Already during the existence of the monarchy, an “autonomous” administration for monument protection in Hungary (for that time including also Slovakia) was established with competences determined by a special legal act (1881). At the same time, the initiatives of private scholars and learned societies have developed.
The fall of the monarchy in the years 1918–19 means an end of the primary stage of the institutional protection of monuments in Central Europe. But the “Viennese” legacy becomes a basis for heritage administration in various successor states: Austria, Czecho-Slovakia, Hungary, Poland, the Kingdom of Yugoslavia, and Italy. Advancing from the common grounds the practice of monument protection in these states set out to their own specific (national) ways.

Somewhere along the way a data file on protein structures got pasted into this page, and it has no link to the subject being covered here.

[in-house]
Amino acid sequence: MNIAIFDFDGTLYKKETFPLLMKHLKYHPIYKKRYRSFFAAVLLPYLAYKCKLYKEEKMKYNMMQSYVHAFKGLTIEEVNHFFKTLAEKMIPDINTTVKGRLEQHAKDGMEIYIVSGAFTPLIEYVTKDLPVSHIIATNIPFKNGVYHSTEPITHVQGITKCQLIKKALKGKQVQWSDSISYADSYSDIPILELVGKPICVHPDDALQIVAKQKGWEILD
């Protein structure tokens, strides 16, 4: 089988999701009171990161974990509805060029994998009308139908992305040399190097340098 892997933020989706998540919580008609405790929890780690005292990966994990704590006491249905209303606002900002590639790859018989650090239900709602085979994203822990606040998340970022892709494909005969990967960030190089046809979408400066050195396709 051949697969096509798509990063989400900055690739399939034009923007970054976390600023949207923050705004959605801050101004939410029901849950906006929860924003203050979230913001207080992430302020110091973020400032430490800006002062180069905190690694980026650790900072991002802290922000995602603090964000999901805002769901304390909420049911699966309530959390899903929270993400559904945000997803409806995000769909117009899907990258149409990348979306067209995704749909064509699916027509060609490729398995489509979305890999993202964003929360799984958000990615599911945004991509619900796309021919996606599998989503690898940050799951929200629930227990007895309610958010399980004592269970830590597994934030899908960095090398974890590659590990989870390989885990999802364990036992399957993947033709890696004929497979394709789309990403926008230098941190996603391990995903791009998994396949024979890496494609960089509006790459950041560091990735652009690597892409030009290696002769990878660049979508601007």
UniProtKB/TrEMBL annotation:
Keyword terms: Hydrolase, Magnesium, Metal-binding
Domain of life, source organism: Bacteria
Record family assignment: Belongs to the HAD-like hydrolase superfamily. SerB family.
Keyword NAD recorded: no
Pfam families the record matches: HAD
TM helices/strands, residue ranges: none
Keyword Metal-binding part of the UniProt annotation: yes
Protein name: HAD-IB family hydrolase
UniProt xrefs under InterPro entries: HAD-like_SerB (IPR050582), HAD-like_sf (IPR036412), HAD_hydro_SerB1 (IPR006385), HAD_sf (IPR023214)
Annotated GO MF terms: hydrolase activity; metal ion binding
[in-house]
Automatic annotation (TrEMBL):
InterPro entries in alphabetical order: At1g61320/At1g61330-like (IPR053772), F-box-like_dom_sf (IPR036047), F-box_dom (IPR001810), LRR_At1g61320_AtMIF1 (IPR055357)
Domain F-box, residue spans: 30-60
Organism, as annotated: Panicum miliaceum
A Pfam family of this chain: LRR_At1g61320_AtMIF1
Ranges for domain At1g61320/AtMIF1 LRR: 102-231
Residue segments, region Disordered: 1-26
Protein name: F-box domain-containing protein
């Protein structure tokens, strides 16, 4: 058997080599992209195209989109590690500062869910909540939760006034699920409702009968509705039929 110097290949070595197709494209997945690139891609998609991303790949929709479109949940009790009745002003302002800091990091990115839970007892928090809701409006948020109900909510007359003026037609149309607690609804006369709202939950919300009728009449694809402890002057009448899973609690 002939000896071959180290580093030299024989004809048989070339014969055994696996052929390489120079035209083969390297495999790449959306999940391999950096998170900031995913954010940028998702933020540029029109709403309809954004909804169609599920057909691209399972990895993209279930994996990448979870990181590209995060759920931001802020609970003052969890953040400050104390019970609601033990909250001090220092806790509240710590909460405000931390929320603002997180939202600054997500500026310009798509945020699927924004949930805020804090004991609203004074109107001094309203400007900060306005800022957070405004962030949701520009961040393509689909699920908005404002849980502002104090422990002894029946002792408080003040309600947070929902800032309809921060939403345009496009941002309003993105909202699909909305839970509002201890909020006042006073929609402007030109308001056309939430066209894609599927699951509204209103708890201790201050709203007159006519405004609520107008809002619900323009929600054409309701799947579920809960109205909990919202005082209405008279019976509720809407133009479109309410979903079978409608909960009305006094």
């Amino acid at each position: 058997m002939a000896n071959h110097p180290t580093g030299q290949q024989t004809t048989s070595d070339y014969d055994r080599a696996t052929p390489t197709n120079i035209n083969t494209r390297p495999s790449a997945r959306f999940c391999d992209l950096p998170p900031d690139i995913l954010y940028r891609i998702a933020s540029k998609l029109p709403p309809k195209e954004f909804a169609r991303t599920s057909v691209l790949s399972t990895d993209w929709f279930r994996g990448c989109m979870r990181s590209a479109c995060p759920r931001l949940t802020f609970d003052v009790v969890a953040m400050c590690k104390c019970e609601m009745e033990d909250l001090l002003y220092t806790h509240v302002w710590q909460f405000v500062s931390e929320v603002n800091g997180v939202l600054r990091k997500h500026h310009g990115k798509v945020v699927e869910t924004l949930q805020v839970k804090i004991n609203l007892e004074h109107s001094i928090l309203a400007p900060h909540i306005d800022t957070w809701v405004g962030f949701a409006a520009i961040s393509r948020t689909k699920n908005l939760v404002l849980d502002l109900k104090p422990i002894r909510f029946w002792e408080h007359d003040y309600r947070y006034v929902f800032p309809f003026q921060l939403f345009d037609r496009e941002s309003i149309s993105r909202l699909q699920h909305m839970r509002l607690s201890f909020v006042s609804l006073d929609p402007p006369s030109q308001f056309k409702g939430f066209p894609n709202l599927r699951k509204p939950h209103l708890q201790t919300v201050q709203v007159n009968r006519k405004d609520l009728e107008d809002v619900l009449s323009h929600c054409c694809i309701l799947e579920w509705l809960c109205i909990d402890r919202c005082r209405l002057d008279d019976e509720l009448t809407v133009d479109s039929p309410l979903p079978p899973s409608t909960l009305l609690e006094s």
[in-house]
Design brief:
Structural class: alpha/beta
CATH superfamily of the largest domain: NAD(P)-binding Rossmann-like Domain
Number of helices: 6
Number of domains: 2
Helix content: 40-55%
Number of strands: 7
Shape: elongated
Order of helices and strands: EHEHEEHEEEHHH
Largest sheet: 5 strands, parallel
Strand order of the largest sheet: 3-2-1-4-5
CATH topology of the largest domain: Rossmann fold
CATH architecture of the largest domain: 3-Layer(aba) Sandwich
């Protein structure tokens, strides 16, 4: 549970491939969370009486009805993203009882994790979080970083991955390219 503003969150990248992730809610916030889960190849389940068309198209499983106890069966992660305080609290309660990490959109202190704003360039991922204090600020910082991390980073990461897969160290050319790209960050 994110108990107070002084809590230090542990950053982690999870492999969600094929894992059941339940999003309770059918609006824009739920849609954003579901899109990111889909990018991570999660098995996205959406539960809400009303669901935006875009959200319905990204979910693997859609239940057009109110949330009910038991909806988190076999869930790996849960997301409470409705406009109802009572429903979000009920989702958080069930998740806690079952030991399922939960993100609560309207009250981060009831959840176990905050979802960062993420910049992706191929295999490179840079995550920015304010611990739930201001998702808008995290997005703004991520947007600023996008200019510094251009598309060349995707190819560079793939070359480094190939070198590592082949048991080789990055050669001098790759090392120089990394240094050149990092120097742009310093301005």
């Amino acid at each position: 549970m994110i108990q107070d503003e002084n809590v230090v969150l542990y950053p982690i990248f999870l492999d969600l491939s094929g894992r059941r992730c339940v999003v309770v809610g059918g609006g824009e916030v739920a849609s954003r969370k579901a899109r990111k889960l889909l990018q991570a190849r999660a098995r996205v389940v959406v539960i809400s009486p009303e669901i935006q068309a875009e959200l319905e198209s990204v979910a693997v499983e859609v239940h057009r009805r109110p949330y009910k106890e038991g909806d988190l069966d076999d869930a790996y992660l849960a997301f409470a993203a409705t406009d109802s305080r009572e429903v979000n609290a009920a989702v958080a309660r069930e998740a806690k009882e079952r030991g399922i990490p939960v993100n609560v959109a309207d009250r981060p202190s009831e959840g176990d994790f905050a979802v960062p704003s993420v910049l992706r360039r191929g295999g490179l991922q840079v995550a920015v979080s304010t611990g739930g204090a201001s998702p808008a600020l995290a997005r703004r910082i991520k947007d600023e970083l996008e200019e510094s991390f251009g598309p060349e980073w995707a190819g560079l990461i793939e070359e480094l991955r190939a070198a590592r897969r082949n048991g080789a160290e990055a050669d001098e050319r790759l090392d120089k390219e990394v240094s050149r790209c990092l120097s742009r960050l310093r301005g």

The post-war idea of integration within Europe, originally in the spheres of industry and economics (1951), has gradually, and particularly after the political changes in 1989, developed into deeper cooperation also in the sphere of culture. The well-known historiographic fact of “common history” connecting Europe is successfully documented especially by the example of cultural heritage. The existence of mutually close cultural, architectonic and artistic phenomena in various countries has already led to a number of multilateral projects and ultimately also to the European Union’s initiative entitled the European Heritage Label (2011).